Buying Craft Beer on a College Budget

October 23, 2017

By Kenny Gould, October 23, 2017

Craft beer can be an expensive hobby. Even ignoring the rare bottles that get bought on the secondary market for hundreds or even thousands of dollars, a good 750ml bottle of craft beer can cost anywhere from $20 to $30. Small wonder most college students can’t afford it.

One of the easiest ways to get involved is to form a “Beer of the Week” club, where you split a six pack or two with a group of five other friends. For most students, it’s not reasonable to spend $24 every week on two six packs, but it’s a lot easier to find $4 and an hour or two to relax with friends.

My own career started like this – interest in a college beer of the week group led to a job as a beer writer.

Throughout its history, beer has been a democratic drink, consumed by people from every conceivable background and socio-economic class. Your last name doesn’t need to be Gates or Zuckerberg for you to indulge.

With a little guidance, anyone who can afford a post-hangover Gatorade can afford a craft beer.

Russian River’s Pliny the Elder could be the greatest bargain in craft beer history.”

Ithaca Flower Power

Before he founded the Hudson Valley’s Industrial Arts Brewing Company, Jeff O’Neil brewed for Ithaca Beer Company. Although the brewery was only founded in 1998, it’s old by craft standards – most of today’s best-known craft breweries didn’t get their start until a decade after the new millennium. In 2012, the brewery purchased a new facility and tripled their production, making their fantastic Flower Power IPA more widely available.

Created by O’Neill, Flower Power is a 7.2% alcohol by volume IPA made with 2-Row Pale and Honey Malt. The beer is characteristically East Coast, favoring a malty backbone as opposed to a hop punch. However, with five different additions of dry hops, Flower Power is still hoppy enough for any IPA fan, and the easy choice for a beginning beer fan to step up their game on a budget.

MSRP: $11.49 for a six-pack

Allagash White

Once you go Allagash, you never go back. Portland, Maine’s hometown brewery has also made a name for themselves since 1995, when founder Rob Tod saw a gap in the industry and filled it with a fifteen-barrel brewhouse that specialized in Belgian-inspired beers. For a country used to British or German exports, it was quite a shock.

Over the past two decades, the brewery has expanded from a one-man operation to one of the most lauded breweries in the country, with many longtime beer professionals citing it as the model of a brewery done right. Their 5.1% Allagash White is a near-flawless American take on a Belgian Witbier, and tastes like the season of fall distilled into a bottle. At $10 for a four pack, it’s one of the more expensive beers on this list, but the splurge is well-worth it.

MSRP: $10 for a four-pack

Russian River Pliny the Elder

You’ll have to travel to California to get it, or make a virtual friend, but Russian River’s Pliny the Elder could be the greatest bargain in craft beer history.

“Vinnie and I come from small, family businesses,” said Natalie Cilurzo, co-founder of Russian River along with her husband, Vinnie Cilurzo. “My parents owned gas stations and tow trucks and Vinnie’s parents owned a winery.”

The family-first mentality means that Russian River still sells the 8% Pliny the Elder – Zymurgy Magazine’s “Best Beer in America” for eight consecutive years and currently number 16 on Beer Advocate’s Top 250 – for $5.00 per pint ($3.75 at happy hour!), or $5.50 per 510ml bottle. And with Russian River set to open a new facility and double their production in the next year, prepare to see more Pliny around California.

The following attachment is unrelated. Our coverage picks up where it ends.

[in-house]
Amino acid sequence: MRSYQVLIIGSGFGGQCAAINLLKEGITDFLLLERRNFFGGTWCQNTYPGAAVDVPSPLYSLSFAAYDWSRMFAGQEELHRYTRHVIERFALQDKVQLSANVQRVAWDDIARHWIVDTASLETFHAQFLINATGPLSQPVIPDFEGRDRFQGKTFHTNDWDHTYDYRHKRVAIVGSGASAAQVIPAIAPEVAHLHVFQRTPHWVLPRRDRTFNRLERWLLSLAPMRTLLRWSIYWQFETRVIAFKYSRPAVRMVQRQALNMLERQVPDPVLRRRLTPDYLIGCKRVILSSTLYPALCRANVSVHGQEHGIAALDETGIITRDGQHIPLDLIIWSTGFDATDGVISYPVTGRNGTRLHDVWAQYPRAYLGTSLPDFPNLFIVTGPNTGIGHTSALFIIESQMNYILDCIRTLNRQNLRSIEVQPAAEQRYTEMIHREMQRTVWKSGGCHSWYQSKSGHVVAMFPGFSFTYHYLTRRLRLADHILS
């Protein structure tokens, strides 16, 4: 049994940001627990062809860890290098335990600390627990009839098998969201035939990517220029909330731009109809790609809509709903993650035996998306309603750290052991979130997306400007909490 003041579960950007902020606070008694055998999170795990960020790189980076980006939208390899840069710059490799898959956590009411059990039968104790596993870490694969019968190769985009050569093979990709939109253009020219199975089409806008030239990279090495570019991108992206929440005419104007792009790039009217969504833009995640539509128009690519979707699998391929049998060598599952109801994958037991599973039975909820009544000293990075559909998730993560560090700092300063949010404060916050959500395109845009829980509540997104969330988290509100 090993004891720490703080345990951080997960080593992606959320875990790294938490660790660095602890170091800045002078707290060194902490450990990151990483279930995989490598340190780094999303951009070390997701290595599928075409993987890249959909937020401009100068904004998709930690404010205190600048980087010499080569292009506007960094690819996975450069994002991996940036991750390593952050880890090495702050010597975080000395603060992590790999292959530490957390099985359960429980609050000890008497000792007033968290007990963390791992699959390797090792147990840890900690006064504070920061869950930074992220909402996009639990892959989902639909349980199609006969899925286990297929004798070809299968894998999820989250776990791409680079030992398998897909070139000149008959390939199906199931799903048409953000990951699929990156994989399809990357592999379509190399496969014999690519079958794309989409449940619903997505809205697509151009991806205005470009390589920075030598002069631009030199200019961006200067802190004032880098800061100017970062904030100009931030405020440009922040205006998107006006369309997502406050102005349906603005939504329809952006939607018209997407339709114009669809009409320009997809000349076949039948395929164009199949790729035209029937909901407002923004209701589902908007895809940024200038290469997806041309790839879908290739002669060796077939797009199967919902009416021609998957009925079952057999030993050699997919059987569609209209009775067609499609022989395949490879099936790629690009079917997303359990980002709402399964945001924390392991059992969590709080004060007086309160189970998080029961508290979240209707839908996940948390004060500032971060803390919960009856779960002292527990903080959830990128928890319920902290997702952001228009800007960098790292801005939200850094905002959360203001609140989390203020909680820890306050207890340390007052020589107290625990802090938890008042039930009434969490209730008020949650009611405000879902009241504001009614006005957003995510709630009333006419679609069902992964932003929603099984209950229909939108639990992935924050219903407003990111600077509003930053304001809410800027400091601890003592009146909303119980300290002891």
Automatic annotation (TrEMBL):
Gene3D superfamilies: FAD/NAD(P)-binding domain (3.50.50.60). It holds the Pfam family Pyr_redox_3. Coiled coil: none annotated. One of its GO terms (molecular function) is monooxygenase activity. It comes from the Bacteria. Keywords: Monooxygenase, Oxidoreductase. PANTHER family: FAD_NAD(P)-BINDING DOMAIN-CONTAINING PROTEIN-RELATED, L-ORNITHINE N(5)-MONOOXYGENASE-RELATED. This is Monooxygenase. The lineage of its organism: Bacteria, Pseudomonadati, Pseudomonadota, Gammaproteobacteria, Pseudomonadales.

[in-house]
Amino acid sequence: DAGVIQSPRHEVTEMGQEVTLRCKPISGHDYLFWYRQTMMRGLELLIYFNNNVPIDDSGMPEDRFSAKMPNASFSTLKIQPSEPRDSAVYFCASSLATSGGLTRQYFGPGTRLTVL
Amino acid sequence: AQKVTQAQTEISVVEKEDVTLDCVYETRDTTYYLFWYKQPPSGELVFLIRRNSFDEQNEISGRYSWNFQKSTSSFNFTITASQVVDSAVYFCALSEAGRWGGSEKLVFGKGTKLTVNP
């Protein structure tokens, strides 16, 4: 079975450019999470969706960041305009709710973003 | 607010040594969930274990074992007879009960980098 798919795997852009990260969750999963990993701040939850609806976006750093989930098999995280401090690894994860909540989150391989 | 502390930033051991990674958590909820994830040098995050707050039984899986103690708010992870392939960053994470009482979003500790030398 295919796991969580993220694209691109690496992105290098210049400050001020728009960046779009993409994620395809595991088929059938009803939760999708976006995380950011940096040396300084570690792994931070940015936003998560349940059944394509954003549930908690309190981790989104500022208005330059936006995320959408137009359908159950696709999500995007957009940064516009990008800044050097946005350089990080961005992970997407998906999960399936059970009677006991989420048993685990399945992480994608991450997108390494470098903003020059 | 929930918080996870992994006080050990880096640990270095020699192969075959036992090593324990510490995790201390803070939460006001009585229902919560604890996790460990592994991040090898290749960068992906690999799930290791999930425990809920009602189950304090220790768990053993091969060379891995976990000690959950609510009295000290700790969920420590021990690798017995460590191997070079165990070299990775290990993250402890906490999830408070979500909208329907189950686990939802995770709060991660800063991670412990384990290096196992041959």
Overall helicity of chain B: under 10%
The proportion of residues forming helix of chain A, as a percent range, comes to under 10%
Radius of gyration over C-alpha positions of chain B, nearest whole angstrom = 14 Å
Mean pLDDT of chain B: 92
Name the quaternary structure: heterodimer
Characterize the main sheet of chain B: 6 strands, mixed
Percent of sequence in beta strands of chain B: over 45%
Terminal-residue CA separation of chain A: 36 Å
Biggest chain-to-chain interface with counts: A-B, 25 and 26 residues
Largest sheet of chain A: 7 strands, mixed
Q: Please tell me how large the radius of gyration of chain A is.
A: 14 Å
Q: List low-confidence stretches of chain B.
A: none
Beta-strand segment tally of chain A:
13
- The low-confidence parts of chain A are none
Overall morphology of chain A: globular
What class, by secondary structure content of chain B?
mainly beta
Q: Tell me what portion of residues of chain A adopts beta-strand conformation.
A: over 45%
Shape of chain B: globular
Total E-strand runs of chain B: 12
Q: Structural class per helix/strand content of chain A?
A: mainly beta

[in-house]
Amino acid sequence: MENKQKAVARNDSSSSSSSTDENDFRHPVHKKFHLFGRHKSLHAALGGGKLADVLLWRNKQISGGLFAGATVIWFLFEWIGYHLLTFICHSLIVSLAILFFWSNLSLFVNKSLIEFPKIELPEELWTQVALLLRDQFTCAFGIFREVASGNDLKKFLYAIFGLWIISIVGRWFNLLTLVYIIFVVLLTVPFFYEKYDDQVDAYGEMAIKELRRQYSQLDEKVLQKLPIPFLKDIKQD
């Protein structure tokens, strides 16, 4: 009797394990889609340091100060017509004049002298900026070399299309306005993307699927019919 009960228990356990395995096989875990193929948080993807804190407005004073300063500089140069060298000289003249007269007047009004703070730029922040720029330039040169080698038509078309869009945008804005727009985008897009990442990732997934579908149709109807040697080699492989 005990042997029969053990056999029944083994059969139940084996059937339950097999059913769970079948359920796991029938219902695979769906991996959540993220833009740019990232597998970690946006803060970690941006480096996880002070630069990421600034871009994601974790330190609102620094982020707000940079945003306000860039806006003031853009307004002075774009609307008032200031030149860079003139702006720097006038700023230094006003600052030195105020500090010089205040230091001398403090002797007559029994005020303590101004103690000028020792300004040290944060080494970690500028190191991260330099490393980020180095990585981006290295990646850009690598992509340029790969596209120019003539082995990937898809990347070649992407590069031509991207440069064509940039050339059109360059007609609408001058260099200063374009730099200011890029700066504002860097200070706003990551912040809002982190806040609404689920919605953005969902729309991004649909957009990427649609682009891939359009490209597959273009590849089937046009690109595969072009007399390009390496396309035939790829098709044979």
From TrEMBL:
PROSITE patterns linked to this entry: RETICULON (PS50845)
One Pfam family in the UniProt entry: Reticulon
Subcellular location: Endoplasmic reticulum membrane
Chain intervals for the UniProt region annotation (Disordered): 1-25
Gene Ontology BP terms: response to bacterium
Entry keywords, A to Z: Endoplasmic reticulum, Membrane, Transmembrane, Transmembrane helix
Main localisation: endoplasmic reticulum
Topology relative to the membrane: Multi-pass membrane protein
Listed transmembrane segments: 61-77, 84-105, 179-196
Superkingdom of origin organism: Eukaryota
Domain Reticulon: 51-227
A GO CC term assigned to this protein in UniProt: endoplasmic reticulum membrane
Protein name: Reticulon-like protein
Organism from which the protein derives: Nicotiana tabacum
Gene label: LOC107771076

MSRP: $5.50 for a 510ml bottle

Most bottle shops have a rack of discounted goodies that they’re trying to move.”

Founders Backwoods Bastard

If you want to drink craft on a budget, the obvious choice is Founders All Day IPA. In many places, you can find a 15 pack for $15 – a dollar a beer.

But inspired shoppers will also note that Founders Backwoods Bastard – an 11.2% Wee Heavy cave aged in bourbon barrels – is much more highly rated, and not that much more expensive if you do a little math. With a can of the All Day IPA hovering at 4.7% ABV, you’d have to drink two or three before you got the same kick as a bottle of the Bastard. If you’re making your decision solely on price, it’s not worth it, but if you want to expand your horizons for cheap, Backwoods Bastard is the answer.

MSRP: $14.99 for a 4 pack

Local and Discounted Specials

Depending on where you live, some local beers might be cheaper than others. For instance, in Pennsylvania, I can often find Troegs' beer for less than I might in Virginia, because the Troegs brewery is in Hershey. At my local beer store, I found six packs of Troegs’ Hopback Amber and Solid Sender for $11.99, which you’ll realize is a steal when you try one. Walt Wit, an unfiltered Belgian White-Style Ale made by Philadelphia Brewing Company, is only $9.99. However, I can’t in good conscience recommend this one. 

In addition to the local section, most bottle shops have a rack of discounted goodies that they’re trying to move. At my local store in Pittsburgh, I found six packs of Victory Summer Love and Cage Radler for $6.99… at just over a dollar per beer, the price point competes with even the cheapest light lagers.

MSRP: Varies

ZX Ventures, a division within AB InBev, is an investor in October
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